Citizens Advice have a good page at https://www.citizensadvice.org.uk/debt-and-money/financial-advice/getting-financial-advice/

Bear in mind that investing means taking risk -- the value of your investments can go down as well as up. Before considering investments make sure you've got a sensibly-sized pot of cash available to you at short notice to deal with emergencies. The usual recommendation is 3-6 months' living expenses. (NatWest say here that "It’s recommended you have at least 3 month’s worth of living expenses in an emergency fund, ideally up to 6 months’".)

Be aware that "high street" banks tend to offer derisory rates on their savings accounts, so you need to shop around a bit. I tend to look at the "league tables" at thisismoney.co.uk (easy access accounts) but there's also MoneySavingExpert (top savings accounts). A lot of the top-paying accounts these days limit the number of withdrawals you can make per year, so you need to watch our for that.


Thanks for the detailed response, I was thinking of investing in a global all cap index fund as I’ve heard that UK growth is kinda slow. I understand the volatility risk but I’d rather chance it rather than sitting in a 2% account.
Reply 5
The best bet is to get as much free advice as you can from your bank, streetwise friends and helpful websites like money saving expert.

Depending on how much you have to invest and for how long, it could be worth paying for some financial advice. Bear in mind it isn’t cheap and you need to believe it will deliver better returns that justify the payment.

Regular saving for a reasonable time period, say min 5 years, in to a fund which has a decent prospect of staying ahead of inflation is a very good idea. Lifetime ISA are worth a look. Hargreaves Landsdown aim to help people with pension and share investment at reasonable cost. Or perhaps someone you know has a financial advisor they would recommend.

Also a decent employer with sound pension and sharesave schemes is worth its weight in gold as a source of free, well judged, investment options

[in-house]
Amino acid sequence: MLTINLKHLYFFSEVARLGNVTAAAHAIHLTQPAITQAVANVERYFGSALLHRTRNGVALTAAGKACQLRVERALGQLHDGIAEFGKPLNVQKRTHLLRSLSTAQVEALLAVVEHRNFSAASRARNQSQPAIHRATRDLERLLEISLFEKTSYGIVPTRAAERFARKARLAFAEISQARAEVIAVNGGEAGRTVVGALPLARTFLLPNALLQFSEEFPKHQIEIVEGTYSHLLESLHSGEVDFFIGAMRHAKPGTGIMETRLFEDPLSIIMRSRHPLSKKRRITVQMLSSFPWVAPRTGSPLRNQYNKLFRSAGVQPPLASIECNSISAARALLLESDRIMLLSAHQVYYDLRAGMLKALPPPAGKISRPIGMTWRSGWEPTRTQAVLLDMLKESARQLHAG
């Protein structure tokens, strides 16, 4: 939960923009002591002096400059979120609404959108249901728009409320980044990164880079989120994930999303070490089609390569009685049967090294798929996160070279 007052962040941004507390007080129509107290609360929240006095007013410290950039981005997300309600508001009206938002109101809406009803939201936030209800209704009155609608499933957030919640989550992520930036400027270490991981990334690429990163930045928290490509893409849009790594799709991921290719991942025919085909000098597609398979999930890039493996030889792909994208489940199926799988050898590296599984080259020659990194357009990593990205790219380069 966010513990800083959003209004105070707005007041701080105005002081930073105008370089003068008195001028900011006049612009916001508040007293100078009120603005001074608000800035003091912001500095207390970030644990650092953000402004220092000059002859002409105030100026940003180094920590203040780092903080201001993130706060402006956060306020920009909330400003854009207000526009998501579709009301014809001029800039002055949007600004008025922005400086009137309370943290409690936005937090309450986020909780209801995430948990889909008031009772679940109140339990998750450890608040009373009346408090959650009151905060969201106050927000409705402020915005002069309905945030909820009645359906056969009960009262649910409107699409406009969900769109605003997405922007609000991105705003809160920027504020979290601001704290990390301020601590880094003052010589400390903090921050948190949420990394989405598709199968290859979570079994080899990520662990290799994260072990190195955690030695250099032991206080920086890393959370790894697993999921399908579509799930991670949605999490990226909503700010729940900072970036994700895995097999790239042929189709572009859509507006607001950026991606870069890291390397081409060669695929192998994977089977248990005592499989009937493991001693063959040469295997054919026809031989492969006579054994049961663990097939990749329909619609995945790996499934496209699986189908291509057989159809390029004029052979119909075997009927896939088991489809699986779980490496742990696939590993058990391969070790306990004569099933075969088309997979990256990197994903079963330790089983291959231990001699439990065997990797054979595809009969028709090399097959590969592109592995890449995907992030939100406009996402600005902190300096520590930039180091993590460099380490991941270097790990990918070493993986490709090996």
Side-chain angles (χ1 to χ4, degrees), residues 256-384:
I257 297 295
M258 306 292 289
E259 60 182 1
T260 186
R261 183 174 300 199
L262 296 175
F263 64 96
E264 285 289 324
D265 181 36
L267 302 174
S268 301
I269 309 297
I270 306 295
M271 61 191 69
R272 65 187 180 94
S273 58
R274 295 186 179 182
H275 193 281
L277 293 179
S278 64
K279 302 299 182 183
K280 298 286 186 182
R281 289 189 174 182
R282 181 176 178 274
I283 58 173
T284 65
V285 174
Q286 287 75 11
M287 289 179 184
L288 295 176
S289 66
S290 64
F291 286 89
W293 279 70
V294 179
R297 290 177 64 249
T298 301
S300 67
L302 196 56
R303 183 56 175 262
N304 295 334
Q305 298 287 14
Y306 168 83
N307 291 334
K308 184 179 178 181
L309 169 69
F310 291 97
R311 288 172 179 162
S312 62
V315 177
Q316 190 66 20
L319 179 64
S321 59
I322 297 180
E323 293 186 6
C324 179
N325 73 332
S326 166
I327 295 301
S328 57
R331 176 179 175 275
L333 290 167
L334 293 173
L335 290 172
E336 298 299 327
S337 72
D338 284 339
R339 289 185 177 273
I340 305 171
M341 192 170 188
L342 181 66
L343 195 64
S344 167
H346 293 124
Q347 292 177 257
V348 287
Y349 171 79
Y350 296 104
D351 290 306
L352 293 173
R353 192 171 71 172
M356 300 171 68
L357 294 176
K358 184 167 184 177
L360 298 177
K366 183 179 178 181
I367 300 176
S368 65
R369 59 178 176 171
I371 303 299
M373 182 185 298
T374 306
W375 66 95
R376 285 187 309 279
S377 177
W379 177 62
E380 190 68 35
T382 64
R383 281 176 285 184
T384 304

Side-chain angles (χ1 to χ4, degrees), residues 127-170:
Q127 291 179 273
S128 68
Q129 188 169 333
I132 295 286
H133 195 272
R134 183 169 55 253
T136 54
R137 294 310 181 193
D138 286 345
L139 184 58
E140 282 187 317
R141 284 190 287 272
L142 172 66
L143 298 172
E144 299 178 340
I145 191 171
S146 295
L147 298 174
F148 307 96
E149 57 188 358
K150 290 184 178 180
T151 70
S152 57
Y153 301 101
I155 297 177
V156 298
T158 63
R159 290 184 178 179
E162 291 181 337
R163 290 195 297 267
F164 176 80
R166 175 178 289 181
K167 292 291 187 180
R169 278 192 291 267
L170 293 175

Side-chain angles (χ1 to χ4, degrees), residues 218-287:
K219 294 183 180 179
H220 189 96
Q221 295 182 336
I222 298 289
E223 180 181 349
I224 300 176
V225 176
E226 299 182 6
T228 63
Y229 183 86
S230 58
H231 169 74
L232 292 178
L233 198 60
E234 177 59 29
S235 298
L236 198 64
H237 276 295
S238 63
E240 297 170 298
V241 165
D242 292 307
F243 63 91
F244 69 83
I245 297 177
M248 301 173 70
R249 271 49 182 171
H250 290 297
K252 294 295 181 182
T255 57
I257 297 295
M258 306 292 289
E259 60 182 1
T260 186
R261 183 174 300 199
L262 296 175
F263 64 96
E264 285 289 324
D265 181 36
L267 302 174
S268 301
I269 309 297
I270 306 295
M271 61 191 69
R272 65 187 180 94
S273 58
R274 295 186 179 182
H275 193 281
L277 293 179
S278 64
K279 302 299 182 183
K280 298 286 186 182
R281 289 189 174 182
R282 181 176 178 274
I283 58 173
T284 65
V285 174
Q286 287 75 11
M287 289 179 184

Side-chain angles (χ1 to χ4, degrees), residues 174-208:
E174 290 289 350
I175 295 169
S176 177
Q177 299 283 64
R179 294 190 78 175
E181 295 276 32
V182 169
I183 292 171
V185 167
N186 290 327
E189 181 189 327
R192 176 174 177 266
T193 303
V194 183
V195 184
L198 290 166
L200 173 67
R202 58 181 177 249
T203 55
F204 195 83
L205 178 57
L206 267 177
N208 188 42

Reply 6
Original post by SK-18

Thanks for the detailed response, I was thinking of investing in a global all cap index fund as I’ve heard that UK growth is kinda slow. I understand the volatility risk but I’d rather chance it rather than sitting in a 2% account.


You can do much better than 2% on instant access savings. One of the links I provided currently has a list of 12 providers paying 5% or more, and 14 more paying between 4.6 and 4.95%.
(edited 1 month ago)
Original post by martin7
Original post by SK-18

Thanks for the detailed response, I was thinking of investing in a global all cap index fund as I’ve heard that UK growth is kinda slow. I understand the volatility risk but I’d rather chance it rather than sitting in a 2% account.


You can do much better than 2% on instant access savings. One of the links I provided currently has a list of 12 providers paying 5% or more, and 14 more paying between 4.6 and 4.95%.


Thank you for your time! Have a good night.
Reply 8
I'd suggest starting with some basic research online. There are plenty of resources available to help you understand different investment options and strategies. Additionally, talking to friends or family who have experience investing can provide recommendations. Once you've done some groundwork, consider getting a consultation from an expert or financial advisor (to find a reliable one, check holborn assets reviews). They can offer personalized advice tailored to your financial goals and risk tolerance.
(edited 3 weeks ago)